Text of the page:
Spiritual Reminiscence Box

How to create a personal spiritual reminiscence box.  A resource for the family, friends and carers of people with dementia. 

© the Diocese of Wrexham 2015. Written by Margaret Hinton, Marriage and Family Life Commission and Clare Steel. Cost £7 and available frommargaretmfl@hotmail.co.uk

This is a useful, user friendly resource “designed to help friends, family and caregivers find simple ways to carry on a spiritual life for their loved ones” at home and in care. It is a pack of explanatory cards outlining in a simple way the theory of Reminiscence, why it is helpful, how to create a box, giving ideas and containing a CD of old, familiar hymns for everyone to use. This last offering is on the basis that people may remember the older hymns more easily than newer ones and feel comfortable hearing and singing them.

Reminiscence is used widely with older people to encourage them to talk about things they remember and reduce stress. It helps to affirm people: who they are and to relive previous times and achievements. “Reminiscence can help to improve the mood, cognitive ability and well being of those with mild to moderate dementia and if a multi sensory approach is taken even in to later stages of dementia.” This pack is about encouraging spiritual reminiscence so that spiritual aspects of the person’s life story can be conveyed from home to care home and used by family and professional carers. “There is increasing evidence that stimulating a range of senses [sight, hearing, smell, touch and taste] can be very effective in engaging an individual with dementia and other illnesses affecting cognition”.

There are illustrated cards with useful tips how, where and when to use the resource. It has a card for each of the senses with ideas, and a list of helpful contacts. This Pack also has ideas for group reminiscence.

At a recent talk I attended, Margaret Hinton spoke about a Box that she helped a relative create. It included a prayer book with an ingrained leather cover to touch, smell and look at, containing his holy pictures. (Remember those?) It included his rosary beads for him to pray with and hold. (I know a lady who gets comfort from fingering her beads with her restless hands. The familiar feel soothes her.)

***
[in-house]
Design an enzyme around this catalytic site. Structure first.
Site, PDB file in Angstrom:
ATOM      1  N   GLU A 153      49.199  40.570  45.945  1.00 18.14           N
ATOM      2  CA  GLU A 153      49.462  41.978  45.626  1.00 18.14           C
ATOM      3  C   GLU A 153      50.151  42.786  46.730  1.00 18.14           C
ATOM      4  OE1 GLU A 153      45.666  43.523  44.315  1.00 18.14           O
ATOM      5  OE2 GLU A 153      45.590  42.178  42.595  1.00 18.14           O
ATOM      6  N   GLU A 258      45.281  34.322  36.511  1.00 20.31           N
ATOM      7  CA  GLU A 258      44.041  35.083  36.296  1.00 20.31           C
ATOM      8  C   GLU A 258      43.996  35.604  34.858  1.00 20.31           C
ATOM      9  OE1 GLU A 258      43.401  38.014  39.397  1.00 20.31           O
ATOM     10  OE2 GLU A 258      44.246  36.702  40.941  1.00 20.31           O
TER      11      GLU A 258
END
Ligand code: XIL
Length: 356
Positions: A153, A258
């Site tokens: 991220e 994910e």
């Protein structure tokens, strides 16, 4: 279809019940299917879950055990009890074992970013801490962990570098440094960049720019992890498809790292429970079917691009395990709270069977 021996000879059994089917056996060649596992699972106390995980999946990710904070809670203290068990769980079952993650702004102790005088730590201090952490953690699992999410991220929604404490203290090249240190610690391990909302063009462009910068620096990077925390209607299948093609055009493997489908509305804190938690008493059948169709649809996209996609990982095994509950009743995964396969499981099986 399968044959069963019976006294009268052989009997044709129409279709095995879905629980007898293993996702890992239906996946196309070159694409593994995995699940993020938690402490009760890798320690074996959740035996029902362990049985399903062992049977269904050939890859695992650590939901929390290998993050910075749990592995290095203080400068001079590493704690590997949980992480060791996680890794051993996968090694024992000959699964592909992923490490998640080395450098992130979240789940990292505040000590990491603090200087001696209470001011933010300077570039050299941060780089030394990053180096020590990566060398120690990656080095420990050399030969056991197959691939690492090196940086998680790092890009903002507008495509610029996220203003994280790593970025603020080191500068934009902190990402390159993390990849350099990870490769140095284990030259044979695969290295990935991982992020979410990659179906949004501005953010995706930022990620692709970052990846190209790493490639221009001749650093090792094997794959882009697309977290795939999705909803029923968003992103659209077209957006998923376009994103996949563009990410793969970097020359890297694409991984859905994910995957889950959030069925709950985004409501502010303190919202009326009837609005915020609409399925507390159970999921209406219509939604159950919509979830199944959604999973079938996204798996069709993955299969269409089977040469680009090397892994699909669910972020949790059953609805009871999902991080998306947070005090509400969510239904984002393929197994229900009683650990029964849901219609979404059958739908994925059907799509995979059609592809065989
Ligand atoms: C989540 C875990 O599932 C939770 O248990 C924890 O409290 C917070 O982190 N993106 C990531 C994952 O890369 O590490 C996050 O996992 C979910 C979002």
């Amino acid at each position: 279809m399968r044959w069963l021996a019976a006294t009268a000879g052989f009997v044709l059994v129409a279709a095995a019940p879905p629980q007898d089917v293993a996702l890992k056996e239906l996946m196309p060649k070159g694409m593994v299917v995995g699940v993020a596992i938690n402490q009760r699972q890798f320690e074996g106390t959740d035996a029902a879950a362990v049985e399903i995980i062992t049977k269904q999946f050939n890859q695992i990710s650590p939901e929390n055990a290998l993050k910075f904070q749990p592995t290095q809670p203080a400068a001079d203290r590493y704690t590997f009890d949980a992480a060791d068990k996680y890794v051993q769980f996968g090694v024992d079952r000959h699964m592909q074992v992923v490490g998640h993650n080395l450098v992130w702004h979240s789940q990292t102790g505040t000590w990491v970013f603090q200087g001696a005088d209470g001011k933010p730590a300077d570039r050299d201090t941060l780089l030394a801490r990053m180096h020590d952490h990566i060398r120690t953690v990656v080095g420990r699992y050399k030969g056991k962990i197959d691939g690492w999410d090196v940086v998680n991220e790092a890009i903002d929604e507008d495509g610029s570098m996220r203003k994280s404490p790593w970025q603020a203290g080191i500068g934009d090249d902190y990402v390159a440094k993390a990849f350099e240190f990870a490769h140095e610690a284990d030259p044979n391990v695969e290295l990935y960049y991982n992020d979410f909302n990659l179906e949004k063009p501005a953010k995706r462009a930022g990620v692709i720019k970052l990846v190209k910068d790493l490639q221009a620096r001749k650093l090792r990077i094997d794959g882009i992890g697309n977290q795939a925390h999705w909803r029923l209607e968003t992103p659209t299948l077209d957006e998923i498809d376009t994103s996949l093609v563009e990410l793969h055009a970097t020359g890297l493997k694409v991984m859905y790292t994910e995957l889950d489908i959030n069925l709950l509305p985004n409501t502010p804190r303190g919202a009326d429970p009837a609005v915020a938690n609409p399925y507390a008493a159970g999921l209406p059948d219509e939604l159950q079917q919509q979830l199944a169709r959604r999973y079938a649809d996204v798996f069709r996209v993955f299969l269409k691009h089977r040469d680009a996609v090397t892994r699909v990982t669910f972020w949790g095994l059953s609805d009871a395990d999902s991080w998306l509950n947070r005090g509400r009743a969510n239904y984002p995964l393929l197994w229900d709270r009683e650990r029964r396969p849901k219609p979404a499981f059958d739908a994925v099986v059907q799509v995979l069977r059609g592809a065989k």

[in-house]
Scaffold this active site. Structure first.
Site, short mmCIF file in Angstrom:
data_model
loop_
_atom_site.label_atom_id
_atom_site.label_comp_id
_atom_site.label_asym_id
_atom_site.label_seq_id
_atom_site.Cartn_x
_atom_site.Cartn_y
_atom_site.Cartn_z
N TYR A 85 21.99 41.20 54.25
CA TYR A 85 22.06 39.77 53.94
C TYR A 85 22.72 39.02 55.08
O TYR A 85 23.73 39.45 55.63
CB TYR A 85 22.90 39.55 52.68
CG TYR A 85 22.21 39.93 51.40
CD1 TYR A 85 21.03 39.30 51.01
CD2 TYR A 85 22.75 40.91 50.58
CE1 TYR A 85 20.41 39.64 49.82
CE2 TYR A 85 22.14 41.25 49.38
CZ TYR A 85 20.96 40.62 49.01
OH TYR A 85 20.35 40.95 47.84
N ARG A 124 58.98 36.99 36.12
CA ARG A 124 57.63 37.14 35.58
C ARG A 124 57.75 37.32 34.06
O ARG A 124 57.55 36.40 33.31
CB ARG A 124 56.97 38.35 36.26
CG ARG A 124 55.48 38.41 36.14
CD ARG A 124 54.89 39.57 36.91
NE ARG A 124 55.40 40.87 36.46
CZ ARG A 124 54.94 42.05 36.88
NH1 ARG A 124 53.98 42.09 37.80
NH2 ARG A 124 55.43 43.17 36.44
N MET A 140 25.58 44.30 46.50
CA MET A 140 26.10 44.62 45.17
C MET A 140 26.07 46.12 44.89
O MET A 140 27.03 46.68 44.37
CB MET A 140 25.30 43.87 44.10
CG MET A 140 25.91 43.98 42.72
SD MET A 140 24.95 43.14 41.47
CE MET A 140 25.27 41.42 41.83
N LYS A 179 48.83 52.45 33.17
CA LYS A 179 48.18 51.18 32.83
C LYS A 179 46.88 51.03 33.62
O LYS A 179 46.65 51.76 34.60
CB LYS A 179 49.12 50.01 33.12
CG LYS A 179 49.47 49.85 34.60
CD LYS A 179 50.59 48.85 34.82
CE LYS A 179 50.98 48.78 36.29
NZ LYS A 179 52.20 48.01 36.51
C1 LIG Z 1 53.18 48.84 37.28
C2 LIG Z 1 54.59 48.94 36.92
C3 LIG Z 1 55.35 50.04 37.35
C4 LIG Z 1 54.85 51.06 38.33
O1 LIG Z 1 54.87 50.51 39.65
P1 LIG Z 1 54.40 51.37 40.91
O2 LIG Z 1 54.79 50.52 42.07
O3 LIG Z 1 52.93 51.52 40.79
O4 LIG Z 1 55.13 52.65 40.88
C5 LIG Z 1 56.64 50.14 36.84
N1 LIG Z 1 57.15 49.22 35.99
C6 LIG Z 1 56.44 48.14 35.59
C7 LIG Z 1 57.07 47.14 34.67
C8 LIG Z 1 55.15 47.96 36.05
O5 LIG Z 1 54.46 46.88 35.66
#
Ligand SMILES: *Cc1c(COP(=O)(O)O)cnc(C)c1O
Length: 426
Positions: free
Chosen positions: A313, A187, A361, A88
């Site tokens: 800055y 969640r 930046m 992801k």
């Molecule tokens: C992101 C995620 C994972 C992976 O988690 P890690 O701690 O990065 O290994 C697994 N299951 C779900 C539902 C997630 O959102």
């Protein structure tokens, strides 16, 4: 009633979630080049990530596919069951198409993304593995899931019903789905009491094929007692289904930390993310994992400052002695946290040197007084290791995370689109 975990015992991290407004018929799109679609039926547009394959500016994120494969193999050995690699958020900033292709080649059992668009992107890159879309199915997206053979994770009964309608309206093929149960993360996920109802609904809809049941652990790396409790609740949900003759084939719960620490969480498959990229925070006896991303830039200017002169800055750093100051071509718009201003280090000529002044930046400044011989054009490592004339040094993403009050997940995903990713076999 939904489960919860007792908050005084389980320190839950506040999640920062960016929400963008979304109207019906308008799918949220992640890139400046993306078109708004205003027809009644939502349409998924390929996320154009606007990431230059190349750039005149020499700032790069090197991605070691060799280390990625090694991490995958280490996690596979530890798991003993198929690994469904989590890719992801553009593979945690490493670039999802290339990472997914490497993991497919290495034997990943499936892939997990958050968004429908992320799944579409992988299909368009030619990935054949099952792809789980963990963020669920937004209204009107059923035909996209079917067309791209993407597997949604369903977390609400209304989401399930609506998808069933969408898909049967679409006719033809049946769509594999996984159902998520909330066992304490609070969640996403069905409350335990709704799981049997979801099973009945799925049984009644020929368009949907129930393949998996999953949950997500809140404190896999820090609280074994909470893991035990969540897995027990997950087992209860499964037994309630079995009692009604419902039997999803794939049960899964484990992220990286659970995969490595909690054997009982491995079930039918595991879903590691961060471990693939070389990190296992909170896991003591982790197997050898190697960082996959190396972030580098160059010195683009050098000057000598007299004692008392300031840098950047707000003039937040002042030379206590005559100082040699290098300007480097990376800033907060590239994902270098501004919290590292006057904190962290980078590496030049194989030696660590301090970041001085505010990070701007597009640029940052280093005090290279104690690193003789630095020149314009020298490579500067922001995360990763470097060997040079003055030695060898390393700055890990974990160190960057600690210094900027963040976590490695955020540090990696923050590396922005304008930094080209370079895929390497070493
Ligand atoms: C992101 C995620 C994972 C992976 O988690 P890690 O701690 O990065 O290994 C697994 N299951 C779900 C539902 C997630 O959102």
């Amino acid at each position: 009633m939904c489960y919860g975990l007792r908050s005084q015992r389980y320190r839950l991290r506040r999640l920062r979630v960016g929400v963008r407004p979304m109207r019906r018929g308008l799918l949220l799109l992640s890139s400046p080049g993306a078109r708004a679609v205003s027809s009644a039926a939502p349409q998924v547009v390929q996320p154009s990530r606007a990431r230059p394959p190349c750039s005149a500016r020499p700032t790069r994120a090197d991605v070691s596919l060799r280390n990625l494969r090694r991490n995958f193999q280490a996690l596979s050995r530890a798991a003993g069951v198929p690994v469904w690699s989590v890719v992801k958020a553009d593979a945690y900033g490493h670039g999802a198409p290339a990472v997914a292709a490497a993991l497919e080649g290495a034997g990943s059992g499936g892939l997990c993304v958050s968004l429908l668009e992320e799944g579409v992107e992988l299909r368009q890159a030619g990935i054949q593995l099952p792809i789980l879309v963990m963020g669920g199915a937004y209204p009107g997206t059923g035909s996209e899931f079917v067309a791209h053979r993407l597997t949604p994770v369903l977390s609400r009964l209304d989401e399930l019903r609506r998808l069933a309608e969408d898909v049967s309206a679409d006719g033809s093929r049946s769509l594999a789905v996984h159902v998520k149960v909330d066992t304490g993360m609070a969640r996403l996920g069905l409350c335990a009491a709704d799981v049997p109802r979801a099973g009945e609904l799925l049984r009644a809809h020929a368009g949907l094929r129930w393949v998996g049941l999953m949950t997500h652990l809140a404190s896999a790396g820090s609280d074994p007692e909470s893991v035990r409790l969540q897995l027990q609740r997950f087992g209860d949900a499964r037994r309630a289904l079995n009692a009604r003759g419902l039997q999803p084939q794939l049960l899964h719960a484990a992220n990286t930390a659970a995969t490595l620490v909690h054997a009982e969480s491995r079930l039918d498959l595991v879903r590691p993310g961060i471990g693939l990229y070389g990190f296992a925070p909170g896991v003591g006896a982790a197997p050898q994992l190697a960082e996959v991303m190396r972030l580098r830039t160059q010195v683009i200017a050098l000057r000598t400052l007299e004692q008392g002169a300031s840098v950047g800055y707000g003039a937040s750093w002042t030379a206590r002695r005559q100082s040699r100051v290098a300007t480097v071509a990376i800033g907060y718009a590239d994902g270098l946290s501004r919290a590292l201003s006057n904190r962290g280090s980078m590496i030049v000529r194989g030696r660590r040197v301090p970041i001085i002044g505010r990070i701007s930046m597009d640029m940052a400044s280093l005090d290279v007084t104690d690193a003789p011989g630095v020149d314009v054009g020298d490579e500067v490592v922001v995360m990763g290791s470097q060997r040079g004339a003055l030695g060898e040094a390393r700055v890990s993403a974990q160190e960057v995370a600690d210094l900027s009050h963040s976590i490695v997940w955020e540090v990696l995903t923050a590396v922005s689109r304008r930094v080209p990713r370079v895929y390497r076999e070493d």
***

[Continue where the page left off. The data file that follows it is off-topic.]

I plan to start my Spiritual Reminiscence Box now with objects that remind me of my faith and practice. It can be added to later. I know already that I want my Box to contain an old prayer book, holy pictures from friends and children when they were little, a “clutch cross” to hold, a small picture of Rublev’s Icon, a particular, smooth wooden statue of the Holy Family, smells of lilies, a copy of the Magnificat and the Beatitudes and a CD of hymns by Bernadette Farrell and others – hymns which my children may have forgotten in 20 years time. I value these objects and the memories they evoke now, and later they will help to remind me of my spiritual life and memories that might lead who knows where…I have also realised this is a useful exercise to make me reflect on my faith priorities and what immediately helps me to think about them. What would you choose for your Box?   

What is important to me about this Pack is that a lot of the ideas I knew already but it affirms my thoughts and collects the ideas in one place. It is a simple, user friendly pack which is very do-able on a small budget and in a short time. I think it is a valuable addition to resources for those living and working alongside people with dementia.

 Pippa Bonner, Trustee 

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